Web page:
Metal Gear Solid V: The Phantom Pain looks to be a massive culmination of the beloved action-stealth series.
Last year Metal Gear Solid V: Ground Zeroes really impressed us with how it shook up the established series formula by opening up the gameplay into a more flexible, open world style. That brief prologue was just an appetizer, however, for the main course this September: Metal Gear Solid V: The Phantom Pain. I had the chance to don my cardboard box and try out one of its early missions. While I can’t tell you anything about the story yet, I can confirm that Phantom Pain delivers on the promise of Ground Zeroes.
I climbed the stairs and walked in on an apparently off-duty guard, whom I reflexively knocked out with a tranquilizer dart.
I was dropped off on a ledge overlooking the rocky desert of Afghanistan. The horizon stretched out in front of me, an enticing and expansive landscape I was eager to explore. That would have to wait for another day; I had a rescue operation to complete. One of my former comrades was captured by mysterious operatives and was being held in a nearby facility. Some intel in a nearby village pointed me to his exact location, which was necessary if the extraction was going to be as precise and surgical as I intended it to be (Spoiler alert: It was not).
Where most prior Metal Gear games would drop you off right at the mission location so you could get right into the sneaking (and inevitable frantically running and shooting), here it leaves you in the desert with a horse (though no sign of the wolf), point you in the right direction, and leave you to it. Good reconnaissance becomes absolutely vital, fundamentally altering the rhythm of the game.
I gave the village a wide berth, riding around to the other side where a ridge overlooked it so I could get a better view with my binoculars. Zooming in on a guard tags them both in your view and on the map, so it pays to take your time and try to scope out everyone. That’s the advice I would have given myself if I could travel back in time to a few minutes before I walked right into a guard I’d missed hiding behind a wall. Fortunately, when the firefight broke out, there were only a handful of soviet soldiers with terrible aim hanging out in that sleepy village, so they were quickly dispatched, and I found the intel that pointed me to where exactly my target was being held.
From there it was onward to a much more heavily-guarded fortress for the rescue. The lack of a clear boundary for mission areas means that you have to be cautious when making your way across the map. Myopically focused on my target in the distance, I bungled around a corner and right into a guard post, and before I could react my horse was dead on the ground, followed shortly thereafter by me. I only had one hour to play, but I could already feel how immersive the game gets in full swing. The open environment and ever-looming threats make Metal Gear Solid V feel simultaneously expansive and intimate.
The second part of the mission went more smoothly, aided by the fall of night, which arrived just as I approached the facility. Under cover of darkness I was able to slip past the perimeter defenses undetected and into the building where I knew my target was being held. Keep it together, Snake. I climbed the stairs and walked in on an apparently off-duty guard, whom I reflexively knocked out with a tranquilizer dart before he has a chance to react. Good — this was how things were supposed to go.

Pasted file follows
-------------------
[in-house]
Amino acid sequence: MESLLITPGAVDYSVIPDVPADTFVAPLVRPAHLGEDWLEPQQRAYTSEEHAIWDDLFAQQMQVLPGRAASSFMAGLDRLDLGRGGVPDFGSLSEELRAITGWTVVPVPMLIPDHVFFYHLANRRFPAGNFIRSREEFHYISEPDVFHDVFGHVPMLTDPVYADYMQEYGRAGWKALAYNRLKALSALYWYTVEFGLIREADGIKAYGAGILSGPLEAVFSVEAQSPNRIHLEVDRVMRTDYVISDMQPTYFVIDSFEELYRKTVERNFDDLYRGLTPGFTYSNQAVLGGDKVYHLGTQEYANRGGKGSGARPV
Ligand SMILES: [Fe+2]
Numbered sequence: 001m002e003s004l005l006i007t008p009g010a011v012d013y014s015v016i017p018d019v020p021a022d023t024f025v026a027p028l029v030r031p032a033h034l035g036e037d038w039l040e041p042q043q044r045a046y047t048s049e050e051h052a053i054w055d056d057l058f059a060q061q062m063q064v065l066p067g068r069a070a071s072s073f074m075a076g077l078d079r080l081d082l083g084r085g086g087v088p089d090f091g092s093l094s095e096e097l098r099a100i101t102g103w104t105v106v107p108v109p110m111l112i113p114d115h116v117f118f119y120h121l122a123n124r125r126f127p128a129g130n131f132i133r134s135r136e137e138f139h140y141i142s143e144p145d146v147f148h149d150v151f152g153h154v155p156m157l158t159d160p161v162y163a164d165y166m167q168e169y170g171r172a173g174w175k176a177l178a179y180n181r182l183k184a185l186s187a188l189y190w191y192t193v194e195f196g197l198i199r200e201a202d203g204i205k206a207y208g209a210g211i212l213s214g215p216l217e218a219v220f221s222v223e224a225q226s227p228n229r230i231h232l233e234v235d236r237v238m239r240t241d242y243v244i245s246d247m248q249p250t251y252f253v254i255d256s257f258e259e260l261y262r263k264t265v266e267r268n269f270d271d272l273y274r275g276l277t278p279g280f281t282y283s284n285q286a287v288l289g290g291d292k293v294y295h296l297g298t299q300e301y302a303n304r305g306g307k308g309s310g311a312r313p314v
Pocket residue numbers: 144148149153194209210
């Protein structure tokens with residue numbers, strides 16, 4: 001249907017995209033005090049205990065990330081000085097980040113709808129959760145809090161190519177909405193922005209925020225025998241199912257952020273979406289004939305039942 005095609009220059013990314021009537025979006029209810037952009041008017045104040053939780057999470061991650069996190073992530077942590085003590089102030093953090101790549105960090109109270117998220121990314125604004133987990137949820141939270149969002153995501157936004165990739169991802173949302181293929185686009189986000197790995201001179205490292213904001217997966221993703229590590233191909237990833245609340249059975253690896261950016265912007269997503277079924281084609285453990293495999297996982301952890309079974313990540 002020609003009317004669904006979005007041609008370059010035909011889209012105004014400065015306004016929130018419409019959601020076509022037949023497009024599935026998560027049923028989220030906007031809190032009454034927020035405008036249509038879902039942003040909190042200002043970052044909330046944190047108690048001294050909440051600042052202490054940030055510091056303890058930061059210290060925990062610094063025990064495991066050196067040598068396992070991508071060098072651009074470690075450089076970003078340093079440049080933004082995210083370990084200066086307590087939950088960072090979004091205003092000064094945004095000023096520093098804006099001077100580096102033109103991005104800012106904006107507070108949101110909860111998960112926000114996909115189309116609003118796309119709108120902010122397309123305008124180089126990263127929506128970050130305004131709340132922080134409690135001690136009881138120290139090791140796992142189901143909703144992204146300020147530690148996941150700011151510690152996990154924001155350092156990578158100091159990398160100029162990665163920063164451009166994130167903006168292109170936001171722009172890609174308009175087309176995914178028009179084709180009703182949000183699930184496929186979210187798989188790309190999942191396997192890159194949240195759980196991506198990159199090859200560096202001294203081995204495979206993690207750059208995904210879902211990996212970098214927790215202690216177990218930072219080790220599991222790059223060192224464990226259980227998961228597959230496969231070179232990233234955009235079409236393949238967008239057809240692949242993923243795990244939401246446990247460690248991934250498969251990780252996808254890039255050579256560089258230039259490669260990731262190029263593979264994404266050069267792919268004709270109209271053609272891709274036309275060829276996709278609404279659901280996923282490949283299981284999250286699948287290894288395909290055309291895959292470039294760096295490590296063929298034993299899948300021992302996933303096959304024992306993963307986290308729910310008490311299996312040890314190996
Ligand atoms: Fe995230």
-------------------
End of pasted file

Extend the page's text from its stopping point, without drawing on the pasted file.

Things turn south, however, when another guard happens upon me stashing the body of his colleague in the basement. Caught unaware, my less timely and elegant response results in a hail of bullets, the alarm raised, and a mad dash to complete my objective. Fortunately, I was already close, so I simply had to run upstairs and take the prisoner.
The first segment would not let me grab the intel while the guards were still after me, meaning I had to take out the entire village before moving on. Here, however, I was able to have a full cut scene of dialogue with the prisoner while a guard was literally standing a few feet away outside a window. It was somewhat immersion-breaking, but I was nevertheless relieved that I could throw him over my shoulder and book it out the door without having to kill dozens of Soviet soldiers. I threw him on the back of my horse and took off to the extraction point. The ensuing chase took a decidedly Kojima-flavored turn toward “..what?!”, which offered tantalizing hints of the insanity to come in The Phantom Pain‘s story.
If you loved previous Metal Gear games, you’ll feel right at home in The Phantom Pain. All of Snake’s tools and tricks for both stealth and guns-blazing combat are easily accessible through quick menus, empowering you to play in any style you choose. It all feels fluid and intuitive enough that the game gets out of your way so you can just focus on being a cinematic badass. There were a few cut scenes during the segment I played, and Kojima’s signature, overwrought dialogue is back in full force, striking that balance between serious and silly that makes it classic Metal Gear. The game also makes fantastic use of the PlayStation 4 hardware, with a deep draw distance and beautifully detailed textures.
If this really is Hideo Kojima’s last hurrah with Konami and his genre-defining franchise, he will be going out on a high note. Playing this all-too-brief demo whet my appetite, and I can’t wait to dig in when Metal Gear Solid V drops on September 1.
- The open world promise of Ground Zeroes realized on a grand scale
- Most visually-impressive Metal Gear game ever
- Unforgiving to players not already familiar with series’ gameplay mechanics